For years, those who could afford it could essentially buy themselves access to various European countries. But not anymore.
This week, two countries ended their “golden visa” programs, as they became known. Both Ireland And Portugal will no longer allow millionaires to invest in their country in exchange for visas, Bloomberg reported Friday. The move comes as various governments consider the “appropriateness” of such policies, and after Britain ended its similar program a year ago.
“There’s an interesting paradox that countries are grappling with – on the one hand, they want investment,” Will Harvey, a professor at the University of Bristol, told Bloomberg. “The other side of the coin is a big political trend around the lens of very wealthy foreign investors having privileged status at a time when there are a lot of challenges for large sections of society.”
Golden visas became a thing after the 2008 financial crisis, with countries like Portugal, Ireland, Greece and Spain offering them as a means of attracting investment. Since then, they have brought in billions of dollars, while millionaires have found it easier journey and comfortable retirements, sometimes even citizenship.
Wealthy individuals flocked to Portugal, for example. There, an estimated net influx of 1,300 millionaires occurred last year, according to data from Henley & Partners and New World Wealth. And Chinese investors accounted for about half of the 11,628 residence permits granted over the years. To obtain this golden visa in Portugal, a person had to invest 350,000 euros ($375,000) in Portuguese real estate and create 10 jobs or pay 1.5 million euros ($1.6 million).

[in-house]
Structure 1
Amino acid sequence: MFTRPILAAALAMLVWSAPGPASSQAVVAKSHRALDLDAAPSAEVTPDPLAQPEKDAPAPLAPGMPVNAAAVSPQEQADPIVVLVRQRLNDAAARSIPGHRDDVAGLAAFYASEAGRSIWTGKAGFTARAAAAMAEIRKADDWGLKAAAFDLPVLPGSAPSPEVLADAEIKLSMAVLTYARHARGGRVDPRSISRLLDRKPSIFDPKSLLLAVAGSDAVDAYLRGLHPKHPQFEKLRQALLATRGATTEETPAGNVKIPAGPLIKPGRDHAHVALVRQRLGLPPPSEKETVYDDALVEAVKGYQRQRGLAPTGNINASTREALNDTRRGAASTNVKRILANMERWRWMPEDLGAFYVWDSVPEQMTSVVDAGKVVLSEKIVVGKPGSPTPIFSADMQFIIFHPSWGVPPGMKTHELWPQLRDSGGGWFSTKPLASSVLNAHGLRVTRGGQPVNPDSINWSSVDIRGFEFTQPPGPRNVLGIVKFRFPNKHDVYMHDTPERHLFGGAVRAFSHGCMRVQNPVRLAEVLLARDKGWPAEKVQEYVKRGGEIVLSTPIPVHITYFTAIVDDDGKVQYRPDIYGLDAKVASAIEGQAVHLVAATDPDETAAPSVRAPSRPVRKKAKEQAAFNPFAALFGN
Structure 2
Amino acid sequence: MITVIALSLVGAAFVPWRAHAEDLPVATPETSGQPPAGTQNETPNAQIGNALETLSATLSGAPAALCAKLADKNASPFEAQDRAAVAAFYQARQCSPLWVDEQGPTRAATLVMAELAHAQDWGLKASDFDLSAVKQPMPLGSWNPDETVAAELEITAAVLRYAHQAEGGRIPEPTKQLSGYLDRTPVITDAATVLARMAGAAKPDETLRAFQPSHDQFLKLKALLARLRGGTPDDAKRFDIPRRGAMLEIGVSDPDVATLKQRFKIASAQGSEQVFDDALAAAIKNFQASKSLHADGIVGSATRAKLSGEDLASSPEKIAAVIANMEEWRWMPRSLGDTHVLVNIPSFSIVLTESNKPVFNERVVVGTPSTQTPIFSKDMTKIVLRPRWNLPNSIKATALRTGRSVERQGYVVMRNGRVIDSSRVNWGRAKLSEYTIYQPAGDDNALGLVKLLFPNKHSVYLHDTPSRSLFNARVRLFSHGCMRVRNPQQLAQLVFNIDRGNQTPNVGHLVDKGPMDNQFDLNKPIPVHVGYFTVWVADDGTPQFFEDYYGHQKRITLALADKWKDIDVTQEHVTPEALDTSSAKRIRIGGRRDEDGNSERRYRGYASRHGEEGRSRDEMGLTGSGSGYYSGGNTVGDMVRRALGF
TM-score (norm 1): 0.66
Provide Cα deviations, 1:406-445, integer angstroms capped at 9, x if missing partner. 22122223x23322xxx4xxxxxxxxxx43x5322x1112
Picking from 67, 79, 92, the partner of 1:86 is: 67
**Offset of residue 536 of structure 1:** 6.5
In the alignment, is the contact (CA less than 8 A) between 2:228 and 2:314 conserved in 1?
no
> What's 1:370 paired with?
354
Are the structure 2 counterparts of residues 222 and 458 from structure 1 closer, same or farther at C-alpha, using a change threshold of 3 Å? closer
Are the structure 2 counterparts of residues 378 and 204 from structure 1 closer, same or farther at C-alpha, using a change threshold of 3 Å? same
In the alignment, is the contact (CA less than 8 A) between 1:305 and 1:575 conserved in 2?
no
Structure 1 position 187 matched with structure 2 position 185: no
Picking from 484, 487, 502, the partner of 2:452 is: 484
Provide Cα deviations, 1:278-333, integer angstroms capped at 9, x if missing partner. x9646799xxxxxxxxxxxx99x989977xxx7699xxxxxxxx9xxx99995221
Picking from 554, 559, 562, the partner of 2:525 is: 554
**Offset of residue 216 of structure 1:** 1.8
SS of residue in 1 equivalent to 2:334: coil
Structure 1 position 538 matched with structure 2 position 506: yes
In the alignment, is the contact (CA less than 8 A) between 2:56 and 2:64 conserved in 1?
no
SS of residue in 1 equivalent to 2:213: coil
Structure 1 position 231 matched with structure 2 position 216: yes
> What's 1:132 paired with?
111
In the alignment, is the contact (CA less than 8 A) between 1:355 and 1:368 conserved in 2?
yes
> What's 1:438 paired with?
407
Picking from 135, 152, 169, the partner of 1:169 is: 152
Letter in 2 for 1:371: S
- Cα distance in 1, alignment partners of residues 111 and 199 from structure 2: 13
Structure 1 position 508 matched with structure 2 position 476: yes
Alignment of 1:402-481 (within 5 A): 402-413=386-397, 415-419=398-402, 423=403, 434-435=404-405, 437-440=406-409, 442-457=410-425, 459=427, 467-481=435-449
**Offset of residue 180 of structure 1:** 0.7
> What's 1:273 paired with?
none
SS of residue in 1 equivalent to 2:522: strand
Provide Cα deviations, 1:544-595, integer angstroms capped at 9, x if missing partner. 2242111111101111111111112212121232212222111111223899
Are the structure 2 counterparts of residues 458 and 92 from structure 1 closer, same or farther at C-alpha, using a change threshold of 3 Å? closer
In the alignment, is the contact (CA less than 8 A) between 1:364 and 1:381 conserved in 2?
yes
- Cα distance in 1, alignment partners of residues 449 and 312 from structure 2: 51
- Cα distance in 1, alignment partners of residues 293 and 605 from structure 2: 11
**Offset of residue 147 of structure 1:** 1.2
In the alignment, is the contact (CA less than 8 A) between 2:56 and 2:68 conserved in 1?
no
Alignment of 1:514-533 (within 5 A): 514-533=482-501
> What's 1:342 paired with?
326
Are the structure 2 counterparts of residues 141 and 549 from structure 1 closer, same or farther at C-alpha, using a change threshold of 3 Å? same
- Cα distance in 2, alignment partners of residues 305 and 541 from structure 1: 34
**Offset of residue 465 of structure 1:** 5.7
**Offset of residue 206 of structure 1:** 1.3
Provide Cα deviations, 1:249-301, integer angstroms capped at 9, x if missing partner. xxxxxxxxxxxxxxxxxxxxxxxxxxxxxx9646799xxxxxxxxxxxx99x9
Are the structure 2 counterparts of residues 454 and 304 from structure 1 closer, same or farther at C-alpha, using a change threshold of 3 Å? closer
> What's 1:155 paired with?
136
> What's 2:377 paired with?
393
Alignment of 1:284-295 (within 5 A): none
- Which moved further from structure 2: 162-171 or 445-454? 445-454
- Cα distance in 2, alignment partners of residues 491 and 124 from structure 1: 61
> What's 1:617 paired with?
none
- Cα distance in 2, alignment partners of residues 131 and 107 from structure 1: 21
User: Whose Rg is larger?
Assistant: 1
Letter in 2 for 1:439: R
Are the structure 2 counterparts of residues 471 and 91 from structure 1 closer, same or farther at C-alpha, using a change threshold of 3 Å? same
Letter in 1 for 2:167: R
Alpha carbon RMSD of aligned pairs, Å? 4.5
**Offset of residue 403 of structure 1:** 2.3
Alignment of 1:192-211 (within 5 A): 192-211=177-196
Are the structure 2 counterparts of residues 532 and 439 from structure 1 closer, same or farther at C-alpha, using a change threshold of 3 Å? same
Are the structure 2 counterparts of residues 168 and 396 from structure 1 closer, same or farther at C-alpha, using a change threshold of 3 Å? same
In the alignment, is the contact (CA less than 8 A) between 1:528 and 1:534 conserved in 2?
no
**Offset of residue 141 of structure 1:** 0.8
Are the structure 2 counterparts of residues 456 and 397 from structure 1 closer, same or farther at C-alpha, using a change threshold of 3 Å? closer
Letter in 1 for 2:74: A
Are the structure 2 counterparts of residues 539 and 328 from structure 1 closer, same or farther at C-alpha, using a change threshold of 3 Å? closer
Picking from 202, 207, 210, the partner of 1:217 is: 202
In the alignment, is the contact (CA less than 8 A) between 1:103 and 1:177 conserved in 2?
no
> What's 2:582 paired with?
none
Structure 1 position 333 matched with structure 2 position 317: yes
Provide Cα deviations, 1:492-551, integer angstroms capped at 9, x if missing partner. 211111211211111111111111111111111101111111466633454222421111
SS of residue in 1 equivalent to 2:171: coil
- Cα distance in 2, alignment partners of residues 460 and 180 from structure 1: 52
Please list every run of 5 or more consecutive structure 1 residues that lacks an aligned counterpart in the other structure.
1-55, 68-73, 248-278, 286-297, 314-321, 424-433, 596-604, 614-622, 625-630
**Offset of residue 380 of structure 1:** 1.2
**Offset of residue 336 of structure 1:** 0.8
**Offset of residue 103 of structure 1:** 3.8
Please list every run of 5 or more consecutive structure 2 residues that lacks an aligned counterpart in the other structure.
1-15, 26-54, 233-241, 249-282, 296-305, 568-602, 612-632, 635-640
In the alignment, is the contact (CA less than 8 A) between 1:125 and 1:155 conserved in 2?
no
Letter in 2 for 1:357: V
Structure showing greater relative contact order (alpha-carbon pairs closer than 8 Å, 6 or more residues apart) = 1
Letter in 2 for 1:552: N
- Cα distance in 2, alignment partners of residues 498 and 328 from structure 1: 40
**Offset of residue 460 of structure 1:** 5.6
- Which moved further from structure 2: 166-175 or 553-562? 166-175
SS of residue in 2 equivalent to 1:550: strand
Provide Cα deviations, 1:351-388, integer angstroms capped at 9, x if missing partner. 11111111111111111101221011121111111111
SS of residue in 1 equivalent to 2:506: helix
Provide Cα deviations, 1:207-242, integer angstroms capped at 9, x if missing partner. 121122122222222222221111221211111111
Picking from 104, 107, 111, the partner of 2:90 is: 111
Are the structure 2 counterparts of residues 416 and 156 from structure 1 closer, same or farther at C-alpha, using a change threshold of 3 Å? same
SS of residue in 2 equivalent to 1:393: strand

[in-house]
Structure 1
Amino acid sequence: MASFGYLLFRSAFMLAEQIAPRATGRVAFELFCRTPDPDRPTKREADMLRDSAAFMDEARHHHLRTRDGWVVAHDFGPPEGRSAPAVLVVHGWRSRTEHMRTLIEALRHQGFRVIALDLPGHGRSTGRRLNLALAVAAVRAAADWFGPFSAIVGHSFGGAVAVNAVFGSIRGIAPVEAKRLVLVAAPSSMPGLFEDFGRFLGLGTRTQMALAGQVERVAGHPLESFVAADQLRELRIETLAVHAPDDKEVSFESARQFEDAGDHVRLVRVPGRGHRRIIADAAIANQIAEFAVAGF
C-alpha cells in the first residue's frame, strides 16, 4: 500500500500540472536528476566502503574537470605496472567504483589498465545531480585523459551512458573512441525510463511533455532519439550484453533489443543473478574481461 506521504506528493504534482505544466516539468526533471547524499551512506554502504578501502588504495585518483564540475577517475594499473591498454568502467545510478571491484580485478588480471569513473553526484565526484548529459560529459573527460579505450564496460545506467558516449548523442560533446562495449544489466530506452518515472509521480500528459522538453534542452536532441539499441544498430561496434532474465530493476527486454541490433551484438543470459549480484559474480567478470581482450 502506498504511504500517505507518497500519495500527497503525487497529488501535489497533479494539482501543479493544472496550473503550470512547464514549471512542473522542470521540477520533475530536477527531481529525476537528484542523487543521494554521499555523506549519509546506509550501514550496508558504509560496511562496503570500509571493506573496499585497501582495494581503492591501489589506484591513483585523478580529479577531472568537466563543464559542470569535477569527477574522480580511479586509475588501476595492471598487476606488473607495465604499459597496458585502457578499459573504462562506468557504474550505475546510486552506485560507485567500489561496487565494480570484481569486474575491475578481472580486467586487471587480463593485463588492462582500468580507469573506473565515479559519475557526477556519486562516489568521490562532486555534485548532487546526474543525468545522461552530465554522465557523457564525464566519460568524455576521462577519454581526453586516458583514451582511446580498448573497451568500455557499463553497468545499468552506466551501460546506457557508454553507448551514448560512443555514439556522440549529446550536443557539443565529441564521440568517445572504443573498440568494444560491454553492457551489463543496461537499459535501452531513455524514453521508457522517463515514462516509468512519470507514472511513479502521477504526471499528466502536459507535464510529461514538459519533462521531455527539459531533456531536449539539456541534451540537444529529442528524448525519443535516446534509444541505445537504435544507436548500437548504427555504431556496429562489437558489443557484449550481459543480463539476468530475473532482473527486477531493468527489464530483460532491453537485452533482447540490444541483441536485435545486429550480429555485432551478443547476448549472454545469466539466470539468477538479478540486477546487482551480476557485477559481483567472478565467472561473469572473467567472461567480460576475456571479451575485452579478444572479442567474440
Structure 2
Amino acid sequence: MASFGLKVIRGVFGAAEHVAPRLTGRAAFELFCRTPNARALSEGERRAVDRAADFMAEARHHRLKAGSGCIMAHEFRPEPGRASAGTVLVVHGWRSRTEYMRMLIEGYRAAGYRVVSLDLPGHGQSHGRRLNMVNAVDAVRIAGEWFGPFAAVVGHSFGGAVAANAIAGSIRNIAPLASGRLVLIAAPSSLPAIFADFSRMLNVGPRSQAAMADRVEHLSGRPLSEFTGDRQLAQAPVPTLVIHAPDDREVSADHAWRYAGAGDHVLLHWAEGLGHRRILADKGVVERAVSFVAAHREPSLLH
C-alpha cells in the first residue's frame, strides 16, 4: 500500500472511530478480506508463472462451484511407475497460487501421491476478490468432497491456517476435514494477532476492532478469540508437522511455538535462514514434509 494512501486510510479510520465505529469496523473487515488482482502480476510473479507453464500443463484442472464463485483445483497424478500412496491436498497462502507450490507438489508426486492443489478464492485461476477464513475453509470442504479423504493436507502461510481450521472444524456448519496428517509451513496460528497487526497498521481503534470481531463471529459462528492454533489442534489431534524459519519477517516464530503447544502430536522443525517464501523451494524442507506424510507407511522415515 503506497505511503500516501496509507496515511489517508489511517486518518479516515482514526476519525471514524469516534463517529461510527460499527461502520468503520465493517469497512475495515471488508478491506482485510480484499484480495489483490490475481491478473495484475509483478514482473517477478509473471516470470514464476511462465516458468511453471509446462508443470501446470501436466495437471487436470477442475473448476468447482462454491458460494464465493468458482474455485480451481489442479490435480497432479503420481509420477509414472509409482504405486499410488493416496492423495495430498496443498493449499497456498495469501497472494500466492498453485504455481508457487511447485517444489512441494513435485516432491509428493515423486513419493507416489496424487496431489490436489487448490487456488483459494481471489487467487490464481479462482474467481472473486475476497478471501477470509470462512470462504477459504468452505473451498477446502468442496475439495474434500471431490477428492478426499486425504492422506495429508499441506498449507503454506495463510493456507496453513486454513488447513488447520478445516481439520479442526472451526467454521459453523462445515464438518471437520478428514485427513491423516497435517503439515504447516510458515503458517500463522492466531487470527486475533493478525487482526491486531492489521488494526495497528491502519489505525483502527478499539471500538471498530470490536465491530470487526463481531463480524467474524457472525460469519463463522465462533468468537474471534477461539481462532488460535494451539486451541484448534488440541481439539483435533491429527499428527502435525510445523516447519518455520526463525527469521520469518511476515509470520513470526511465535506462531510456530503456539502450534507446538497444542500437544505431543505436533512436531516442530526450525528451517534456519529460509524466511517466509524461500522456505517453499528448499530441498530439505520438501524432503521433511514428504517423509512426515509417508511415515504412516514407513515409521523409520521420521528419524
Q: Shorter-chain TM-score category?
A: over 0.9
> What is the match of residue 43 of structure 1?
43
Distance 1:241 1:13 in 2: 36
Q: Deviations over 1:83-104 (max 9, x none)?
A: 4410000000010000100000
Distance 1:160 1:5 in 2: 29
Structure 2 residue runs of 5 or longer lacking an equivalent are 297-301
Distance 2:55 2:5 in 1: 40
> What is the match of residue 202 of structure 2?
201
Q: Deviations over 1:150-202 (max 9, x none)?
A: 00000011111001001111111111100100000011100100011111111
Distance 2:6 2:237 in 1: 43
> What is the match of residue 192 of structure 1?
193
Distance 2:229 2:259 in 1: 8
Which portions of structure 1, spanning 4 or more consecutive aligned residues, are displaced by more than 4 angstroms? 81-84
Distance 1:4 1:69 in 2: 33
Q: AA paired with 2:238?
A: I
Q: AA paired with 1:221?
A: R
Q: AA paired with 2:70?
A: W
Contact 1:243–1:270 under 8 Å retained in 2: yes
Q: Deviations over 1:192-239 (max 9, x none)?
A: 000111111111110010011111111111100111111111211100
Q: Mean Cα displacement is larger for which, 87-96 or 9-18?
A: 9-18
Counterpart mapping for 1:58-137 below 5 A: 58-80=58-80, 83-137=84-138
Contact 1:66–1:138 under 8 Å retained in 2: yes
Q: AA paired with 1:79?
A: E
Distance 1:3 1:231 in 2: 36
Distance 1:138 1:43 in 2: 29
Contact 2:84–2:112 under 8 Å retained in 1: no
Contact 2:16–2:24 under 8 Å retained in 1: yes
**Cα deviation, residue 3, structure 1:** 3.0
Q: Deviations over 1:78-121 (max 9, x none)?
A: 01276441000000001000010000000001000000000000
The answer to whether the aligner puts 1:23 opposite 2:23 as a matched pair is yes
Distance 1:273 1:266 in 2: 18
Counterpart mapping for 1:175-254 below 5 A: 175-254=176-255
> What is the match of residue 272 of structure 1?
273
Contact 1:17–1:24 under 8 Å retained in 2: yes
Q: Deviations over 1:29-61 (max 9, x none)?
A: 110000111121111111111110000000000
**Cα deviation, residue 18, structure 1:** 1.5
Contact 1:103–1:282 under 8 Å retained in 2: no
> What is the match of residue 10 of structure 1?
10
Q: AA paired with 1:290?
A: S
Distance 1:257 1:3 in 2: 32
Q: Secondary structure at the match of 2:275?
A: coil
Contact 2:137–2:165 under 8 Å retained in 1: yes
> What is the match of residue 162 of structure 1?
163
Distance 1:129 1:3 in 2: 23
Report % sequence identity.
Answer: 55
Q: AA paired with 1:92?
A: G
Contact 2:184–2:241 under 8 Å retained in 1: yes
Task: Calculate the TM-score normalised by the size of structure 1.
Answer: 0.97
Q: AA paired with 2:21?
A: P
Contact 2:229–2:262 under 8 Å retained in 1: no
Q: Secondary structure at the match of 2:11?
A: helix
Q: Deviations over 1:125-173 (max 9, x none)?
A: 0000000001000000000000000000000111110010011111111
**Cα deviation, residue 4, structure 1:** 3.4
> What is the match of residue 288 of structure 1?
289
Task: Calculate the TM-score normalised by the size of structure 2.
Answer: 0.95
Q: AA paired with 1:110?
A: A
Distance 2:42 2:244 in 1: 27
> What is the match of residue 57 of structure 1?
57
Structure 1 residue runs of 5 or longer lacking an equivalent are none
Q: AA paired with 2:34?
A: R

Yet these programs do not come without their detractors. Opponents argued they were driving up property prices, making buying a home unaffordable for residents with less means. In fact, Portugal’s prime minister cited housing issues in the country’s decision to end its golden visa program.
Although the demise of these programs signals a change in the way international travel and residency are handled, it is not necessarily the complete end of the practice. Some believe it is only a matter of time before it is reintroduced in other forms. “These programs have been opened and closed in many different countries for a very, very long time,” Nuri Katz, the founder of a citizenship-by-investment services company, told Bloomberg. “I guess in Portugal they are going to reform the program, not shut it down completely.”
Plus, these types of programs have spread far beyond Europe, to places like the Caribbean and Australia. So wealthy investors looking to land elsewhere still have plenty of remote locations to choose from.